Hawker Hector K8096 crashed on Red Pike above Wasdale on the 8th September 1941 while being delivered from No.1 School of Army Co-operation to No.18 Maintenance Unit
|James Anderson Craig DFC||Flight Lieutenant||Pilot||Killed|
Hector K8096 was being transferred from No.1 School of Army Co-operation at Old Sarum near to Salisbury to No.18 Maintenance Unit at Dumfries where it was likely to go into storage. At the time No.1 SAC was being wound up prior to disbandment. The aircraft had already been flown as far as RAF Binbrook in Lincolnshire.
The pilot, James Anderson Craig, was an experienced airman having served with the Royal Flying Corps and later the Royal Air Force during the First World War when during 1918 as an Acting Captain he was awarded a Distinguished Flying Cross. His citation from the London Gazette reads “On 24th August this officer performed gallant service on a special reconnaissance. Having located our line and the enemy positions, despite very heavy hostile fire and under adverse weather conditions, he proceeded over the enemy lines at a very low altitude to try and find some of our troops that were believed to be cut off. His machine being hit in many places he returned, made his report, and proceeded again on a further contact patrol”. After the end of the First World War he served for a time as a reserve officer before leaving the RAF. At the outbreak of the Second World War he rejoined the RAF, initially as a ground based officer but shortly afterwards transferred to flying service. As he was approaching 50 years of age, more than twice the age of many aircrew at the time, he was not placed on front line duties and instead was serving with a maintenance unit as a delivery pilot.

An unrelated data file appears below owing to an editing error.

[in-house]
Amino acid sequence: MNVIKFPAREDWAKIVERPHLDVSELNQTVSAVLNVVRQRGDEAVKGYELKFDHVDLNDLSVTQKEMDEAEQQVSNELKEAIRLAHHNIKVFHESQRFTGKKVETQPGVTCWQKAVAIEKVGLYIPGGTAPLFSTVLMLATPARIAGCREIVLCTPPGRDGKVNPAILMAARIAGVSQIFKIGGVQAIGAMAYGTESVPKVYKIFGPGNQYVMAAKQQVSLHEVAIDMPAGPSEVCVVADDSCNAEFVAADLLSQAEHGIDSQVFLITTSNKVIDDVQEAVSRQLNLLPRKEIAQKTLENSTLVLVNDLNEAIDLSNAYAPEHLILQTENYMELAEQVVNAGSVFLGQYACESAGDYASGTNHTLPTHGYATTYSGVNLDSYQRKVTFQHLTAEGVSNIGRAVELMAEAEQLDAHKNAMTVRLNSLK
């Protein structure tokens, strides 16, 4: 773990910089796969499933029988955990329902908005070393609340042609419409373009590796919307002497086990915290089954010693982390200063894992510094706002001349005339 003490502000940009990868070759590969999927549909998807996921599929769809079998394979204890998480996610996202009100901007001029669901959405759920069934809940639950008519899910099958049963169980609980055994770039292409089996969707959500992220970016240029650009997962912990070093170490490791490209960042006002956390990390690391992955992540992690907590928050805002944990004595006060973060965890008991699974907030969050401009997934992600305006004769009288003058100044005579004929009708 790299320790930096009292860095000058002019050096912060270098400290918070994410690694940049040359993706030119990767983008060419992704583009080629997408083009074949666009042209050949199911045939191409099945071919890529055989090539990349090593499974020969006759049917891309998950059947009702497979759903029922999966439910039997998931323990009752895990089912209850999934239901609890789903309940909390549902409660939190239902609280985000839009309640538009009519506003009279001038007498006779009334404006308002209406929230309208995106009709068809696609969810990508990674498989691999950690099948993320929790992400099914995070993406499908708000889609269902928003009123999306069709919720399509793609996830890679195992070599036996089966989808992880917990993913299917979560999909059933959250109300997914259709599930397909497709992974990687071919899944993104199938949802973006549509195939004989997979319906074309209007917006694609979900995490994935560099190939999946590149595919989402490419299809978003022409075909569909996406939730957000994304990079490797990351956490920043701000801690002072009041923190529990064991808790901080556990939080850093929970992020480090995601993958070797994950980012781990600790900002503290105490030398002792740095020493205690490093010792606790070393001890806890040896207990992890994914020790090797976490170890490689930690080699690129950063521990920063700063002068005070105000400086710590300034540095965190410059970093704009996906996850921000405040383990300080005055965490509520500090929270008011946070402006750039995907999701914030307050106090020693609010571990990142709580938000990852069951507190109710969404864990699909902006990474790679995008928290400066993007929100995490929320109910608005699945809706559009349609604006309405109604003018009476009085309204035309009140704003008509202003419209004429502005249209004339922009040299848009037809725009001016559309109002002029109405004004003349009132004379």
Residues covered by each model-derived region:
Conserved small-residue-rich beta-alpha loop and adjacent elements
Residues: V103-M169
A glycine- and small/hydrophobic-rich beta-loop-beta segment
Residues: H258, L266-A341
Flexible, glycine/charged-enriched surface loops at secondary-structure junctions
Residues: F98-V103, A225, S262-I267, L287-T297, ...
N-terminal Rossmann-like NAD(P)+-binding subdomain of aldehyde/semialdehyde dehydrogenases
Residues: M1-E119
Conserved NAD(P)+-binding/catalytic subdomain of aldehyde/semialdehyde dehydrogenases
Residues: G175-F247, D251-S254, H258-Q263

During the morning of the 8th August a de Havilland Dominie piloted by Flying Officer Edward James Fleet left Dumfries for Binbrook with F/Lt Craig and a Sgt Dukszto, who may have been Witold Dukszto of the Polish Air Force, as passengers to allow them to collect two Hectors, one being K8096.
Between 15:00 and 16:00 all three aircraft left Binbrook, F/Lt Craig took off with about 2 ½ hours of available fuel, both Hector pilots had been briefed before leaving Dumfries that they were to fly to Catterick and take on more fuel before proceeding via Penrith to Dumfries. Sergeant Dukszto landed at Catterick for fuel but due to a deterioration in the weather decided to remain there overnight to fly in better conditions the day after. After F/Lt Craig had failed to arrive at Dumfries or Catterick he was reported overdue. On the 10th September it was reported to Dumfries by RAF Millom that the wreckage of K8096 and the body of F/Lt Carig had been located on Red Pike in Wasdale nearly 25 miles off the planned route.
It would appear that as the 180 mile route from Binbrook to Dumfries would take about 90 minutes in a Hector that F/Lt Craig had decided against landing for additional fuel at Catterick and fly directly to his destination. Had the flight been successful he would have had approximately 60 minutes of fuel still available on landing. He evidently became lost in the deteriorating weather to the west of Catterick and at around 18:00 having almost reached the maximum endurance of the aircraft he was flying flew into the eastern face of Red Pike about 400 feet below its 2,700ft summit. To get to where he did he must either have been descending fairly rapidly from the east or descending while circling as Red Pike is almost surrounded by higher mountains. The Court of Inquiry speculated that he may have been attempting to find somewhere to force land the aircraft due to its low fuel state at the time of the crash.
His body was recovered to RAF Millom before being sent by rail to Beith in Ayrshire at the request of his family for burial.